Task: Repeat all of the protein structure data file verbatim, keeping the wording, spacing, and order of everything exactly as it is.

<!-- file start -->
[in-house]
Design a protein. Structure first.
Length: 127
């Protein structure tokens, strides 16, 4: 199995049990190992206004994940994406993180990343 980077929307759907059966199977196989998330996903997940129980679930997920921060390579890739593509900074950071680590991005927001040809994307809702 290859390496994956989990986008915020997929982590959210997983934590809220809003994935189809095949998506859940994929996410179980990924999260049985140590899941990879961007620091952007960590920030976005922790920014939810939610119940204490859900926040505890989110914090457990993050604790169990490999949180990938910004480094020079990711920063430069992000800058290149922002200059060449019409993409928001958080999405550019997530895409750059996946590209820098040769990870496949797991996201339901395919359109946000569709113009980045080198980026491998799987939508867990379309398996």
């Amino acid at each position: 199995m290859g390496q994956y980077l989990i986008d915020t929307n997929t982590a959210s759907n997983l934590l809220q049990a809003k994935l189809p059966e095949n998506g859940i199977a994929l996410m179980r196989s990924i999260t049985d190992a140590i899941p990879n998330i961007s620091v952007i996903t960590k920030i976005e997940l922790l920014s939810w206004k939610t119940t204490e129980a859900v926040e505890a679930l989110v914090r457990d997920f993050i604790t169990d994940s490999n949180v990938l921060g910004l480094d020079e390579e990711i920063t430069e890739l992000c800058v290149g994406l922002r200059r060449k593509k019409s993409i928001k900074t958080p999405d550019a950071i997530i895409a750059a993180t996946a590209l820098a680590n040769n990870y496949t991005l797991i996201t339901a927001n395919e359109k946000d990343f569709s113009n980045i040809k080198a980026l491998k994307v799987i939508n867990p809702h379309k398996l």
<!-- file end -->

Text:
[in-house]
Design a protein. Structure first.
Length: 127
């Protein structure tokens, strides 16, 4: 199995049990190992206004994940994406993180990343 980077929307759907059966199977196989998330996903997940129980679930997920921060390579890739593509900074950071680590991005927001040809994307809702 290859390496994956989990986008915020997929982590959210997983934590809220809003994935189809095949998506859940994929996410179980990924999260049985140590899941990879961007620091952007960590920030976005922790920014939810939610119940204490859900926040505890989110914090457990993050604790169990490999949180990938910004480094020079990711920063430069992000800058290149922002200059060449019409993409928001958080999405550019997530895409750059996946590209820098040769990870496949797991996201339901395919359109946000569709113009980045080198980026491998799987939508867990379309398996």
């Amino acid at each position: 199995m290859g390496q994956y980077l989990i986008d915020t929307n997929t982590a959210s759907n997983l934590l809220q049990a809003k994935l189809p059966e095949n998506g859940i199977a994929l996410m179980r196989s990924i999260t049985d190992a140590i899941p990879n998330i961007s620091v952007i996903t960590k920030i976005e997940l922790l920014s939810w206004k939610t119940t204490e129980a859900v926040e505890a679930l989110v914090r457990d997920f993050i604790t169990d994940s490999n949180v990938l921060g910004l480094d020079e390579e990711i920063t430069e890739l992000c800058v290149g994406l922002r200059r060449k593509k019409s993409i928001k900074t958080p999405d550019a950071i997530i895409a750059a993180t996946a590209l820098a680590n040769n990870y496949t991005l797991i996201t339901a927001n395919e359109k946000d990343f569709s113009n980045i040809k080198a980026l491998k994307v799987i939508n867990p809702h379309k398996l």